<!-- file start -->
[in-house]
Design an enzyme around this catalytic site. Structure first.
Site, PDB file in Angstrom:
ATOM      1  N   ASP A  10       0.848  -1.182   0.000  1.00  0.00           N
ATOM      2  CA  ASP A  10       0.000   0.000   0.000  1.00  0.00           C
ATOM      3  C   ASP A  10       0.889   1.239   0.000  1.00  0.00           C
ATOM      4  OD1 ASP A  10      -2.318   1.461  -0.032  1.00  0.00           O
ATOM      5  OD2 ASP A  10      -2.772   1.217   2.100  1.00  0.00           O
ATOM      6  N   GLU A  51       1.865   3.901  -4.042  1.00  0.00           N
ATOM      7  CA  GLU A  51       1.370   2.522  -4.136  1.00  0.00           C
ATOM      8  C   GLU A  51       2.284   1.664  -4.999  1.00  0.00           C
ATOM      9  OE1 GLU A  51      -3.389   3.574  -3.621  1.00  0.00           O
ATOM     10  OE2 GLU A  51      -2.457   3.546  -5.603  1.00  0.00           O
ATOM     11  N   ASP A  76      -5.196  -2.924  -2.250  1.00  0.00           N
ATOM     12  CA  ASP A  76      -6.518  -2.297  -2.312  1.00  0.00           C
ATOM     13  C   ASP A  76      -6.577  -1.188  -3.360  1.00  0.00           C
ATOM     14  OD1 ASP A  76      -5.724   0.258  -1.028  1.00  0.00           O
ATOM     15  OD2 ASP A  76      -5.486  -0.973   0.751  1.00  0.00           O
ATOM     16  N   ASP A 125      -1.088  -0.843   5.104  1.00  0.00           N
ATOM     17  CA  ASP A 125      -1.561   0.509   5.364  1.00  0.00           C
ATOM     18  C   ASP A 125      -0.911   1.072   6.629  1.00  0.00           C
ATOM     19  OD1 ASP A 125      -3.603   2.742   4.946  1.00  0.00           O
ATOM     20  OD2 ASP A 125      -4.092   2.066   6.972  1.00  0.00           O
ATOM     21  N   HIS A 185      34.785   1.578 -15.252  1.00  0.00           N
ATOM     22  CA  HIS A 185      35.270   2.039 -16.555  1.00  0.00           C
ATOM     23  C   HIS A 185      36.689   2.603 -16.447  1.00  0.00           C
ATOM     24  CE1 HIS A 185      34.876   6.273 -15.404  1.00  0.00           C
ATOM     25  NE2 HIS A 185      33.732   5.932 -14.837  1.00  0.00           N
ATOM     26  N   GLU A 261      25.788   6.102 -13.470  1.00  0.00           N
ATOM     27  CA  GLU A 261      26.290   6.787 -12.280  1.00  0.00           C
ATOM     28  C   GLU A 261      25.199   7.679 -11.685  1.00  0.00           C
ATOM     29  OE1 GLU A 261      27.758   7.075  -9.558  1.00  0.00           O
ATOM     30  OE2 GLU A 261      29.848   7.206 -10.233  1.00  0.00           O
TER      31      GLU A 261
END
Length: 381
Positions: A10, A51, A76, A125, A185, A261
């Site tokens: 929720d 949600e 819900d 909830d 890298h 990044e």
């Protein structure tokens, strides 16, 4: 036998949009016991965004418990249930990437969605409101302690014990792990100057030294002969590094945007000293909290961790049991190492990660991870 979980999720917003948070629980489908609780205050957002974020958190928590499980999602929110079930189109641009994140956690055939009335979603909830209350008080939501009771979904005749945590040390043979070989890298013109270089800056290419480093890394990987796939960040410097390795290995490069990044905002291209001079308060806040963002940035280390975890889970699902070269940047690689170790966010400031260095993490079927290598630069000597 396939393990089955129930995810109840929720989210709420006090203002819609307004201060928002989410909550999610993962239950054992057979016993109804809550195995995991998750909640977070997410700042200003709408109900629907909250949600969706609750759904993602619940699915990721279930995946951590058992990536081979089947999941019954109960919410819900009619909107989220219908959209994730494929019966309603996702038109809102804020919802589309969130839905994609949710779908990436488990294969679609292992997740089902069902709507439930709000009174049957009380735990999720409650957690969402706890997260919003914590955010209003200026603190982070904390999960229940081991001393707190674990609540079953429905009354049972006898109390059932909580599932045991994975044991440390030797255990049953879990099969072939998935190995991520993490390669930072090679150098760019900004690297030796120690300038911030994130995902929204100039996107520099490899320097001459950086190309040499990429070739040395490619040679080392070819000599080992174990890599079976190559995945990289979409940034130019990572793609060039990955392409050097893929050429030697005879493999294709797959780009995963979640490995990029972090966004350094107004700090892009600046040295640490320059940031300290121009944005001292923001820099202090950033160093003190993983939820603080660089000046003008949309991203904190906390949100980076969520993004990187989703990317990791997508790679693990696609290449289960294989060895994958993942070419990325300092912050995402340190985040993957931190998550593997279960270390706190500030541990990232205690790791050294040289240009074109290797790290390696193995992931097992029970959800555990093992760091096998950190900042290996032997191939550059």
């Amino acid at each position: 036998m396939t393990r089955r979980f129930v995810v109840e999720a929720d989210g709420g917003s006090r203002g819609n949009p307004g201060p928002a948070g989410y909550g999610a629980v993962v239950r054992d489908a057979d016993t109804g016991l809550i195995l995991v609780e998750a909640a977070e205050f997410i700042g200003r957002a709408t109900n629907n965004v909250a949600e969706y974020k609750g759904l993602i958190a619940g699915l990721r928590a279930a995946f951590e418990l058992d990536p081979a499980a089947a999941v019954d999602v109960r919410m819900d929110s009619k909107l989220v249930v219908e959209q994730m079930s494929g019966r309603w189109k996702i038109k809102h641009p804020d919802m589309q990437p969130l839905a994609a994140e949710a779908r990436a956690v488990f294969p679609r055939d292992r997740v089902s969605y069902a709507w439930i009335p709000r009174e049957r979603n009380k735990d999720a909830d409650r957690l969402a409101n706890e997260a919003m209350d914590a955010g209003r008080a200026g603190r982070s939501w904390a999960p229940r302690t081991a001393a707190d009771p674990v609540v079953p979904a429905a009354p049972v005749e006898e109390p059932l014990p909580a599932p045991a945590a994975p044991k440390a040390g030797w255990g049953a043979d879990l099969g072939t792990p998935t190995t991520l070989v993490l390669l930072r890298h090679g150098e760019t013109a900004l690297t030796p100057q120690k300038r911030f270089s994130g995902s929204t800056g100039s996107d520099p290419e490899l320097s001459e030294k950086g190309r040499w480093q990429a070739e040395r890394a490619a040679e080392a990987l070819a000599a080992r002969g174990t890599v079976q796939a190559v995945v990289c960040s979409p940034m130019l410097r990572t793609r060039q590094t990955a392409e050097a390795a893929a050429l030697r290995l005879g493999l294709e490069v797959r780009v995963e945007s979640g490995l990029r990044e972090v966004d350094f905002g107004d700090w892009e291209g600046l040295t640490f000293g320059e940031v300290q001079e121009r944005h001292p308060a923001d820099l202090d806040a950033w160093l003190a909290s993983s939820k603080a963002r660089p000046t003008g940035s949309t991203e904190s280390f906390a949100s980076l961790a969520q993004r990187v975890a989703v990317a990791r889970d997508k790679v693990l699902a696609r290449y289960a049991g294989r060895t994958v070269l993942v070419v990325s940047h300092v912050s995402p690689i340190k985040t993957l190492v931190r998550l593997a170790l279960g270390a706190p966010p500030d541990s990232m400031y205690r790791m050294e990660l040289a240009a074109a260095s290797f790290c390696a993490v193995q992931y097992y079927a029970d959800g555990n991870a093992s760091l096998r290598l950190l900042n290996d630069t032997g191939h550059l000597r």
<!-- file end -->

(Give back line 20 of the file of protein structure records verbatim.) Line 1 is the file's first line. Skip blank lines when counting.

ATOM     17  CA  ASP A 125      -1.561   0.509   5.364  1.00  0.00           C